It makes me cringe when my fellow brothers and sisters in Christ rant and rave about how we should not assent to any creeds or confessions as Christians. Probably the most common phrase heard regarding this topic is "no creed but Christ!" Interesting. No creed but Christ. That statement is in the Bible nowhere. Soooo...that's called a creed. In one quick phrase, their conviction is both stated and refuted.
Today, through a link sent to me and some subsequent menu clicking, I came across an About Us section on a Christian Web site that claimed:
"The Bible is our authority. No man made confession, or creed, or doctrinal statement of any kind has any authority above the Bible" (http://ebiblefellowship.com/about/)While I agree that nothing has any authority above the Bible (just one of the many reasons why I am no longer a Catholic), the implication here is that creeds, confessions, and doctrinal statements themselves should all be abandoned.
There were other things on the site that just made me shake my head as a Christian (they predict that the world will end on May 21, 2011 -- I'm not going to even begin to discuss that here). However, this supposed "non-creedal" position, while at the same time specifically stating their creed, was just flabbergasting to me. Considering they link to an Online Trinity Hymnal (see the footer), it is my assumption that they also hold to Trinitarian beliefs, as do I. The problem here is that the only way to come to the conclusion of a Trinitarian God is by a systematic study of God's Word and then come to a doctrinal position that the Trinitarian view is taught within God's Word. But wait, they don't hold to any "man made...doctrinal statement[s]."
The problem seems to lie in a misunderstanding of the purpose of creeds, confessions, and doctrinal statements. It seems to me that "non-creedal" (I put it in quotes, because this position is not actually what it claims to be) Christians think that creedal Christians put their creeds, confessions, and doctrines above the Bible. Though the temptation to do this may certainly be there, the temptation to sin in regards to creeds et al. does not make the creeds themselves sinful. After all, when you walk into a bank, that bank has money in it. Stealing is a sin. So does the temptation you may have to steal the money in the bank make the bank itself sinful? Of course not. Creeds are a quick summary of Christian beliefs. They are always subject to testing by God's Word, and where they conflict, God's Word always wins.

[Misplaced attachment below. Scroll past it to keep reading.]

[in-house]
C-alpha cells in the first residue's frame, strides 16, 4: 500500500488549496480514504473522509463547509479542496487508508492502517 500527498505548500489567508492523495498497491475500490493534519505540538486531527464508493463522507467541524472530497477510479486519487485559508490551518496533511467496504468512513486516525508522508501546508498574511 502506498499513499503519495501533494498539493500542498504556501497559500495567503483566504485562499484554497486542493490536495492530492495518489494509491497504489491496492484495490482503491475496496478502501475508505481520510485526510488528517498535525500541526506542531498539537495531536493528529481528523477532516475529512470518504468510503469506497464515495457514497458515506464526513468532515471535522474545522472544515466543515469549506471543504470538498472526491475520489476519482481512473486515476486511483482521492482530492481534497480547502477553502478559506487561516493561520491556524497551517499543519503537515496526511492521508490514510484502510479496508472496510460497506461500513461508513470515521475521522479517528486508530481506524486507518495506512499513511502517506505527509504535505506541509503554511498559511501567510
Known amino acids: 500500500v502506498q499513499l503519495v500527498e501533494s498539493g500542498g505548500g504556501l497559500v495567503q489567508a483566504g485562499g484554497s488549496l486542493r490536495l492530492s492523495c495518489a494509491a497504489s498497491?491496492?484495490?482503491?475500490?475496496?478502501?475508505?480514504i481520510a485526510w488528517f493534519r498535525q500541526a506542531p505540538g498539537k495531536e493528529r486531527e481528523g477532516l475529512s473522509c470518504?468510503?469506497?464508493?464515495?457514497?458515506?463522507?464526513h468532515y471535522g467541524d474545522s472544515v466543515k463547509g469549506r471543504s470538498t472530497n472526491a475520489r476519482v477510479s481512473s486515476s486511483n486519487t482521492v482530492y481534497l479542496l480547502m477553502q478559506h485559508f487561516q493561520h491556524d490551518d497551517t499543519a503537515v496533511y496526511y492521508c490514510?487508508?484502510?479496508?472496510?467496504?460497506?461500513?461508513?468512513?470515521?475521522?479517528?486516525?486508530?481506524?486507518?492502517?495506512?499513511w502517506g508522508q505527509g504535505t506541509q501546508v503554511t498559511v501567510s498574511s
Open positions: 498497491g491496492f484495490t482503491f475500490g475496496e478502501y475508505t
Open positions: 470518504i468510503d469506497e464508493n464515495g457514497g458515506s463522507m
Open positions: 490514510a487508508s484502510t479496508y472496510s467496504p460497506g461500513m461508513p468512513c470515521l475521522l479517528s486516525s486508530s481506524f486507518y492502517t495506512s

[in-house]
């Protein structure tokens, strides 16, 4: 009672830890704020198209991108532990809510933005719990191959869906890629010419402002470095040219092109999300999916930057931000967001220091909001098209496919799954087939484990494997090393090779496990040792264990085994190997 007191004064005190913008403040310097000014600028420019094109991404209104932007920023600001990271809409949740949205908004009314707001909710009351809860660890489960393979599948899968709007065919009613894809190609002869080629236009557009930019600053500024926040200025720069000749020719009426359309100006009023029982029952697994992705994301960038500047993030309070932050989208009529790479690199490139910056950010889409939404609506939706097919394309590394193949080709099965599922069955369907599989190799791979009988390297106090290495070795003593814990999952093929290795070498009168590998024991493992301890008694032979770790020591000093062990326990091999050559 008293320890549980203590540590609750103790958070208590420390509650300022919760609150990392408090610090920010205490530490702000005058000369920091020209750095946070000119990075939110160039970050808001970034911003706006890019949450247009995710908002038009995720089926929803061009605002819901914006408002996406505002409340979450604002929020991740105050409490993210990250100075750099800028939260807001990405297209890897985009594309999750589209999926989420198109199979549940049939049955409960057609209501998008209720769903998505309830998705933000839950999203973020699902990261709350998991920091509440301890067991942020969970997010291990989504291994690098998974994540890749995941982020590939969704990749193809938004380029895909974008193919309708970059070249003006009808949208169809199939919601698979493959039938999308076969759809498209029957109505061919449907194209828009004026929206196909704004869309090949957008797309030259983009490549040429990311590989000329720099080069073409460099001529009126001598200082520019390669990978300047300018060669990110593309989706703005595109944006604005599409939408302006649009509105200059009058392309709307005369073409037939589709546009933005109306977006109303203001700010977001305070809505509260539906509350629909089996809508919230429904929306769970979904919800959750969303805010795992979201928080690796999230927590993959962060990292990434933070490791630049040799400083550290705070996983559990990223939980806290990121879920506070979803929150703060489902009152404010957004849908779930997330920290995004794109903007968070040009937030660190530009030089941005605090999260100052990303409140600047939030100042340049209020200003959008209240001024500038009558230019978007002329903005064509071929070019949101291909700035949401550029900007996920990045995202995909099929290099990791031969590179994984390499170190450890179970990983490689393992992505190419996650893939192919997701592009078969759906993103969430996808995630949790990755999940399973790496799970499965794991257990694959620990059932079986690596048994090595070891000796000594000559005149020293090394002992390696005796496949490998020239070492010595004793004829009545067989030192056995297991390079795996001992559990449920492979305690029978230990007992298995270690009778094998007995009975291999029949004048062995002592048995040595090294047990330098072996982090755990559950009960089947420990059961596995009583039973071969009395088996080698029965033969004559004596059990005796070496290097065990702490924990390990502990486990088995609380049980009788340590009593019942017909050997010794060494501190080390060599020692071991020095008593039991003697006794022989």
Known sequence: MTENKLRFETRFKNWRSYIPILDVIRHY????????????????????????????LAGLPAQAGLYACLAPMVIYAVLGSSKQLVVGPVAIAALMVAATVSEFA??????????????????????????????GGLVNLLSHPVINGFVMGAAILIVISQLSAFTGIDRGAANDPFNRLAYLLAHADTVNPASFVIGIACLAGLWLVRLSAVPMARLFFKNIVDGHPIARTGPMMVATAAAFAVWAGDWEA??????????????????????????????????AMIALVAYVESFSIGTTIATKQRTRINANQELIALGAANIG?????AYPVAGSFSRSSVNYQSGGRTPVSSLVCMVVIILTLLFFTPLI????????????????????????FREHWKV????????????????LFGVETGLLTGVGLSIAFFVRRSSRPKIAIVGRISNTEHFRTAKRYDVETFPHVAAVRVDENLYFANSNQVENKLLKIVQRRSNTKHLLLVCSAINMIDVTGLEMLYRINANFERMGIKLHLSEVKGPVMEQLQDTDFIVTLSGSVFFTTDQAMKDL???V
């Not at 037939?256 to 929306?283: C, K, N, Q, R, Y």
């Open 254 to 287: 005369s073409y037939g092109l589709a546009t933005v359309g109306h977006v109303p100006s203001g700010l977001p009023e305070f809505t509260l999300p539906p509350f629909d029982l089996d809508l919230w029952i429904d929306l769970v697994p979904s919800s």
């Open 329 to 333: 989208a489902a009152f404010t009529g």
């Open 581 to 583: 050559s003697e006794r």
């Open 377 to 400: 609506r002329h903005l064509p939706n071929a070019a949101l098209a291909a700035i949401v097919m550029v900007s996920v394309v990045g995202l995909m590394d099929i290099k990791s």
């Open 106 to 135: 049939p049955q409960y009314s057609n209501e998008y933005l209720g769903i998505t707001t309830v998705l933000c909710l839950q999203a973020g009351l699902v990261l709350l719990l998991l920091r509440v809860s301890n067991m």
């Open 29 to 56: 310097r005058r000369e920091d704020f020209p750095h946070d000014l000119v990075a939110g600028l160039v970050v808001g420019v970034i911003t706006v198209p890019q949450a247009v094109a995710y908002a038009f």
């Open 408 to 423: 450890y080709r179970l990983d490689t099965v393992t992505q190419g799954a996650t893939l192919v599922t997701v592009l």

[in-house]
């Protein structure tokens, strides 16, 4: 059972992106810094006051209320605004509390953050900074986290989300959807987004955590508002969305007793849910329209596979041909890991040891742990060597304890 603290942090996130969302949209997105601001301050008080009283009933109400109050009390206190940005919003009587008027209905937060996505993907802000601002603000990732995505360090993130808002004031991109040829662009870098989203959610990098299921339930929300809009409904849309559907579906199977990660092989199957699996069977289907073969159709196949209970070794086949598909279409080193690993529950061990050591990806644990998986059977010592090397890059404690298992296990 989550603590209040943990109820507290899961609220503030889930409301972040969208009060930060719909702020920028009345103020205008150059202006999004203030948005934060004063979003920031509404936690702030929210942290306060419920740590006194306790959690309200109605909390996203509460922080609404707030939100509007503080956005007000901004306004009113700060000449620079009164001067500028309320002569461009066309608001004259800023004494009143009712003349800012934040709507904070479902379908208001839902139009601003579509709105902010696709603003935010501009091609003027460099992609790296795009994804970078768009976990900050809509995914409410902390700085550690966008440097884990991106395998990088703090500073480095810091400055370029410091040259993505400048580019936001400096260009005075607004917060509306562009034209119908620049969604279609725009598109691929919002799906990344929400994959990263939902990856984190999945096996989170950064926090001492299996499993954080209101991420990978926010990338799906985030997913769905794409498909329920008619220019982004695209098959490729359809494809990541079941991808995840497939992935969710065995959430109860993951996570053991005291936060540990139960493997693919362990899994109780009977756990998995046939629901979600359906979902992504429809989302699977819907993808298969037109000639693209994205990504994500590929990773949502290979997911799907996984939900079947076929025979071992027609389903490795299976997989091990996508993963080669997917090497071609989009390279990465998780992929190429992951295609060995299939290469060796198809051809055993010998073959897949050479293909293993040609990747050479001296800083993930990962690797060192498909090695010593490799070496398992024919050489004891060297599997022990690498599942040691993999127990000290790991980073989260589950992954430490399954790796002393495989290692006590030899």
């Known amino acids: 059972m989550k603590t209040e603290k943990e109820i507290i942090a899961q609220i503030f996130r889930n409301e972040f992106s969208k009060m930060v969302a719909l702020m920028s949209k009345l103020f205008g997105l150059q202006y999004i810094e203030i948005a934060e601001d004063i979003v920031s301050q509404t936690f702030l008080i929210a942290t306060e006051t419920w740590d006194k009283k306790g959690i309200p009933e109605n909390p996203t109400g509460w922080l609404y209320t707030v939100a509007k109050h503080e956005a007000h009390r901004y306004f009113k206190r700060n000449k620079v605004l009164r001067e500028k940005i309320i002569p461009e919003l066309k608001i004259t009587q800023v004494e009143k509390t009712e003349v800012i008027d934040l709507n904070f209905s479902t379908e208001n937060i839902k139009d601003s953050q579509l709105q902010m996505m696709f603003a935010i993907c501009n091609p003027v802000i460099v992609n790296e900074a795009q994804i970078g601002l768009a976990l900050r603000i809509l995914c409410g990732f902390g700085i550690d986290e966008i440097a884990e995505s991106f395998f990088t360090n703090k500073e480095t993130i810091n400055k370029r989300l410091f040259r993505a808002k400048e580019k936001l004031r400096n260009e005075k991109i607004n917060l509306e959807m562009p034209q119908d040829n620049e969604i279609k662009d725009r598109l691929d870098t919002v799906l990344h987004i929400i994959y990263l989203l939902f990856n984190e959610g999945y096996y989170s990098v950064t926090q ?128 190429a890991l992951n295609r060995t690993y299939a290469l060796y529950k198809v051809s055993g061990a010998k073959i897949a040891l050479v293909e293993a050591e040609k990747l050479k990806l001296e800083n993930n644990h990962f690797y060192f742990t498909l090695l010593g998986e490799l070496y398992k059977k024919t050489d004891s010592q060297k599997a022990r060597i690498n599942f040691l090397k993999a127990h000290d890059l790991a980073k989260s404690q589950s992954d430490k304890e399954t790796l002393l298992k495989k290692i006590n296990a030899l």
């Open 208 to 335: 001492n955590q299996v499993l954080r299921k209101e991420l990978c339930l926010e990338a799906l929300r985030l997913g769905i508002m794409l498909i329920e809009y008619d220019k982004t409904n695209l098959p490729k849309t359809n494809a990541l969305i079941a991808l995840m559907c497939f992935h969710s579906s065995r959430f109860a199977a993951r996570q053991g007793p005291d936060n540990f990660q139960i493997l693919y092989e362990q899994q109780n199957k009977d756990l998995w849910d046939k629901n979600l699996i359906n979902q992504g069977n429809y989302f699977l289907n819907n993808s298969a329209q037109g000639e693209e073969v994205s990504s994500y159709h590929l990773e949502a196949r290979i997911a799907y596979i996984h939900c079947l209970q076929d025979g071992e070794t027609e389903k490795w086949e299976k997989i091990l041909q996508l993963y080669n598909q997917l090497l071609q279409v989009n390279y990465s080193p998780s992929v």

The better creeds and confessions that have been passed down through history have been derived through a great deal of studying the Scriptures by sometimes hundreds of Godly men. For example, as a member of a Bible Presbyterian Church, I subscribe to the Westminster Confession of Faith, and the Larger and Shorter Catechisms. There are a couple things that I would possibly word differently, but overall, they are an incredibly helpful set of summaries of the faith. Creeds such as this are filled with relevant and appropriate Scripture references. They are derived from the Scriptures. They may be "man made," but are nonetheless quick summaries of what God teaches through His Holy Word. They do not contradict Scripture, but affirm it.
I would love to hear a "non-creedal" Christian witness to someone without using beliefs that they have come to realize through their study of Scripture. After all, those paraphrased and summarized beliefs that they hold to, those are creeds, confessions, and doctrines.
In reality, there is only one way for the "non-creedal" Christian to fill up their About Us or their What We Believe page. Everything between the brackets below would need to appear on those pages:
[ ]...anything more than that is a creed.